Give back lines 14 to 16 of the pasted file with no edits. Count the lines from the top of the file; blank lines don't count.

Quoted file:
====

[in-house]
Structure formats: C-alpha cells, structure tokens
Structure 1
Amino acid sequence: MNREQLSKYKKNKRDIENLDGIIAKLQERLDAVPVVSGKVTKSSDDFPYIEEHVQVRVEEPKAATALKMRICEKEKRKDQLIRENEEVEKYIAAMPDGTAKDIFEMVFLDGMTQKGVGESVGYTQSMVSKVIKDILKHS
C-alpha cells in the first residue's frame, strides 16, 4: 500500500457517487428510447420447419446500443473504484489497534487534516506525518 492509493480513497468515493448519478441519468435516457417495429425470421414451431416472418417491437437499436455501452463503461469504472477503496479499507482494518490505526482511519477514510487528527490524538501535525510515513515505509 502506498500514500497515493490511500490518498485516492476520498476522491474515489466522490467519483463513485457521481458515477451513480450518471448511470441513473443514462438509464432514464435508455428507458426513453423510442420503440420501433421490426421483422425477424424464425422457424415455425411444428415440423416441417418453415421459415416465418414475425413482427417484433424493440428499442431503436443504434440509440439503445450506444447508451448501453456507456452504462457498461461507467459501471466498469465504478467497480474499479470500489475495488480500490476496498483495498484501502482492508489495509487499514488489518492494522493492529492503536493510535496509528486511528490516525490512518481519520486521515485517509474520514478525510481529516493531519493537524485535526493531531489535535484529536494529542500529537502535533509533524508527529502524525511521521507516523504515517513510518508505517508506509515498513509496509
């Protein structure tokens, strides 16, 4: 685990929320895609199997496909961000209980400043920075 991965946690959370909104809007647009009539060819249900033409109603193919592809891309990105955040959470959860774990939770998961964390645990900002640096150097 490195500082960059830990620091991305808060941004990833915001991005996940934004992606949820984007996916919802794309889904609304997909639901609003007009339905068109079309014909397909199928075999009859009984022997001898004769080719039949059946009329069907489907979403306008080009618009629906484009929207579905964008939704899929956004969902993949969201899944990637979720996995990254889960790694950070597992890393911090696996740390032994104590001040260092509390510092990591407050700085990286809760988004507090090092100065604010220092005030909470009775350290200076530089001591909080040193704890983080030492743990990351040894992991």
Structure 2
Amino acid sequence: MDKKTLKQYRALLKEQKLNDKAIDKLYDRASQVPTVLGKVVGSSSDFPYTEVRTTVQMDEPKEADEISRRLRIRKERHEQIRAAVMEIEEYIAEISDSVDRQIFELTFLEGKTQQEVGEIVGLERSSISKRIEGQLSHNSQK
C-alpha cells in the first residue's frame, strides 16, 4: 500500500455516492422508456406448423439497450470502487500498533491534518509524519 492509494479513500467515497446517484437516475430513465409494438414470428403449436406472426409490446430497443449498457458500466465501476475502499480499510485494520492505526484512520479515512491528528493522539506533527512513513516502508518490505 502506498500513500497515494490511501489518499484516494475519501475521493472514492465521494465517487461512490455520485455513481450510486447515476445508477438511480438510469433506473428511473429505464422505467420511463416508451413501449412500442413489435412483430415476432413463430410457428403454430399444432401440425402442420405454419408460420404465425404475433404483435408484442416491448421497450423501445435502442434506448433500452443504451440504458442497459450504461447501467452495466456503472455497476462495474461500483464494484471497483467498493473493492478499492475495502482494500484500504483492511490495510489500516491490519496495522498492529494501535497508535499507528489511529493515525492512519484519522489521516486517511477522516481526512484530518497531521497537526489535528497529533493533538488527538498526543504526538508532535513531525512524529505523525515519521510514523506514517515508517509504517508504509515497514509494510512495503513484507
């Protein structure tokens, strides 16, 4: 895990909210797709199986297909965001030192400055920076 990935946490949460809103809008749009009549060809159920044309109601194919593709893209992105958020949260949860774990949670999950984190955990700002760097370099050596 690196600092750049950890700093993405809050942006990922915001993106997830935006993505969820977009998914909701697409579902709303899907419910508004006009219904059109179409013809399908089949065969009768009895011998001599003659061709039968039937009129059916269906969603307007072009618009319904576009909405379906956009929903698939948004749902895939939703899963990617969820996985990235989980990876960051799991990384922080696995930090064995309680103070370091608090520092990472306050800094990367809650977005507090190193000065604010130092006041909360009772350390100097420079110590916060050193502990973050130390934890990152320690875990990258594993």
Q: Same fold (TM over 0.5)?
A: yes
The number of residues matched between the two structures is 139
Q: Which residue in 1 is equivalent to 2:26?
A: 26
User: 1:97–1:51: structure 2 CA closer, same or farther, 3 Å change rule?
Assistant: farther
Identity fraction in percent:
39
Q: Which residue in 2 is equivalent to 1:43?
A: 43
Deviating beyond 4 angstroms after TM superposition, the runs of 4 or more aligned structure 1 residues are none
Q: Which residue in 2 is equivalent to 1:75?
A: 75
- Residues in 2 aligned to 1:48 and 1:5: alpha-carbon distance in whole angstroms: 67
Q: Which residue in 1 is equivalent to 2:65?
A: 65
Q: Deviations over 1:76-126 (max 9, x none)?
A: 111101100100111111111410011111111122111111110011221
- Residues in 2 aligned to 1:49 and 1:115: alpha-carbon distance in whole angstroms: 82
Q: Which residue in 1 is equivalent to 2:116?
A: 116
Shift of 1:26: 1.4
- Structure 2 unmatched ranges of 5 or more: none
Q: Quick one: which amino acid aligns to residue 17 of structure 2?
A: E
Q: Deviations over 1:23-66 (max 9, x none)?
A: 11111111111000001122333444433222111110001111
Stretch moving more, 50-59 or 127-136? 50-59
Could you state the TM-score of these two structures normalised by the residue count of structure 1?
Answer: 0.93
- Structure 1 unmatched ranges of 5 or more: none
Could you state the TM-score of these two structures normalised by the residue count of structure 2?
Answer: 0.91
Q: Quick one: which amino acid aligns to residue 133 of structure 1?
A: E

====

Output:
Q: Which residue in 1 is equivalent to 2:26?
A: 26
User: 1:97–1:51: structure 2 CA closer, same or farther, 3 Å change rule?